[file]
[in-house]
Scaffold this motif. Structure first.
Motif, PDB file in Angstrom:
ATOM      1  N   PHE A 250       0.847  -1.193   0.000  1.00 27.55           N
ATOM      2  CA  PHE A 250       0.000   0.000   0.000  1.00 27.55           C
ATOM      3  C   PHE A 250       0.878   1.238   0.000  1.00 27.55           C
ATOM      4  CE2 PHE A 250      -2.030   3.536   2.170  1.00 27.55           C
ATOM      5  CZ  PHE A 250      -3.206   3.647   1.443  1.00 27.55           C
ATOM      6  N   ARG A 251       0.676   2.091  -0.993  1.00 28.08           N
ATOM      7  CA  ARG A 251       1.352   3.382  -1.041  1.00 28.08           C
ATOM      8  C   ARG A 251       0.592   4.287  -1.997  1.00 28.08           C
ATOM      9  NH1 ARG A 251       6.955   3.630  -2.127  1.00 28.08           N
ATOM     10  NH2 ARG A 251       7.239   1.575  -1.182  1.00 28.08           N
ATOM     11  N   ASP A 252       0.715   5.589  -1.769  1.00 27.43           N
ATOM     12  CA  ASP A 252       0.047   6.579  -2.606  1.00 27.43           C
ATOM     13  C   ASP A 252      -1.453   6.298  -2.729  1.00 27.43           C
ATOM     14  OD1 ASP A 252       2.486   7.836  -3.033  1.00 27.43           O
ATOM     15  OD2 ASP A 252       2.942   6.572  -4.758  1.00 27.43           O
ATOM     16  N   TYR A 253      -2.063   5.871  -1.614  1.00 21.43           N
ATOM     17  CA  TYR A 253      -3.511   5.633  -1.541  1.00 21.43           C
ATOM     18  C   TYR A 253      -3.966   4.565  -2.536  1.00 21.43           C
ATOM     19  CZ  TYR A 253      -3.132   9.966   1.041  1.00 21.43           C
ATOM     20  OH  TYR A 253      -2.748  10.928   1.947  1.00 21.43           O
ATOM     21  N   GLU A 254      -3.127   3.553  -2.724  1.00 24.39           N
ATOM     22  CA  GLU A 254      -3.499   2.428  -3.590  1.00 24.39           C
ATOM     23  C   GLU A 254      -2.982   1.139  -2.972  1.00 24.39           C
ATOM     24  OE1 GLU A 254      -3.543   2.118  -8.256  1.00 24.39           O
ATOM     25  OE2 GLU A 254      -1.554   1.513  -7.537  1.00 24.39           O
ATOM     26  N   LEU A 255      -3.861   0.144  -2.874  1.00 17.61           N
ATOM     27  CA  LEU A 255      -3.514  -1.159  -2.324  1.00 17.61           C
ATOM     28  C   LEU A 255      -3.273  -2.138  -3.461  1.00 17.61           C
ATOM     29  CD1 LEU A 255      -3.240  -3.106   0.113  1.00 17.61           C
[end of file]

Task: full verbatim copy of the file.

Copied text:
[in-house]
Scaffold this motif. Structure first.
Motif, PDB file in Angstrom:
ATOM      1  N   PHE A 250       0.847  -1.193   0.000  1.00 27.55           N
ATOM      2  CA  PHE A 250       0.000   0.000   0.000  1.00 27.55           C
ATOM      3  C   PHE A 250       0.878   1.238   0.000  1.00 27.55           C
ATOM      4  CE2 PHE A 250      -2.030   3.536   2.170  1.00 27.55           C
ATOM      5  CZ  PHE A 250      -3.206   3.647   1.443  1.00 27.55           C
ATOM      6  N   ARG A 251       0.676   2.091  -0.993  1.00 28.08           N
ATOM      7  CA  ARG A 251       1.352   3.382  -1.041  1.00 28.08           C
ATOM      8  C   ARG A 251       0.592   4.287  -1.997  1.00 28.08           C
ATOM      9  NH1 ARG A 251       6.955   3.630  -2.127  1.00 28.08           N
ATOM     10  NH2 ARG A 251       7.239   1.575  -1.182  1.00 28.08           N
ATOM     11  N   ASP A 252       0.715   5.589  -1.769  1.00 27.43           N
ATOM     12  CA  ASP A 252       0.047   6.579  -2.606  1.00 27.43           C
ATOM     13  C   ASP A 252      -1.453   6.298  -2.729  1.00 27.43           C
ATOM     14  OD1 ASP A 252       2.486   7.836  -3.033  1.00 27.43           O
ATOM     15  OD2 ASP A 252       2.942   6.572  -4.758  1.00 27.43           O
ATOM     16  N   TYR A 253      -2.063   5.871  -1.614  1.00 21.43           N
ATOM     17  CA  TYR A 253      -3.511   5.633  -1.541  1.00 21.43           C
ATOM     18  C   TYR A 253      -3.966   4.565  -2.536  1.00 21.43           C
ATOM     19  CZ  TYR A 253      -3.132   9.966   1.041  1.00 21.43           C
ATOM     20  OH  TYR A 253      -2.748  10.928   1.947  1.00 21.43           O
ATOM     21  N   GLU A 254      -3.127   3.553  -2.724  1.00 24.39           N
ATOM     22  CA  GLU A 254      -3.499   2.428  -3.590  1.00 24.39           C
ATOM     23  C   GLU A 254      -2.982   1.139  -2.972  1.00 24.39           C
ATOM     24  OE1 GLU A 254      -3.543   2.118  -8.256  1.00 24.39           O
ATOM     25  OE2 GLU A 254      -1.554   1.513  -7.537  1.00 24.39           O
ATOM     26  N   LEU A 255      -3.861   0.144  -2.874  1.00 17.61           N
ATOM     27  CA  LEU A 255      -3.514  -1.159  -2.324  1.00 17.61           C
ATOM     28  C   LEU A 255      -3.273  -2.138  -3.461  1.00 17.61           C
ATOM     29  CD1 LEU A 255      -3.240  -3.106   0.113  1.00 17.61           C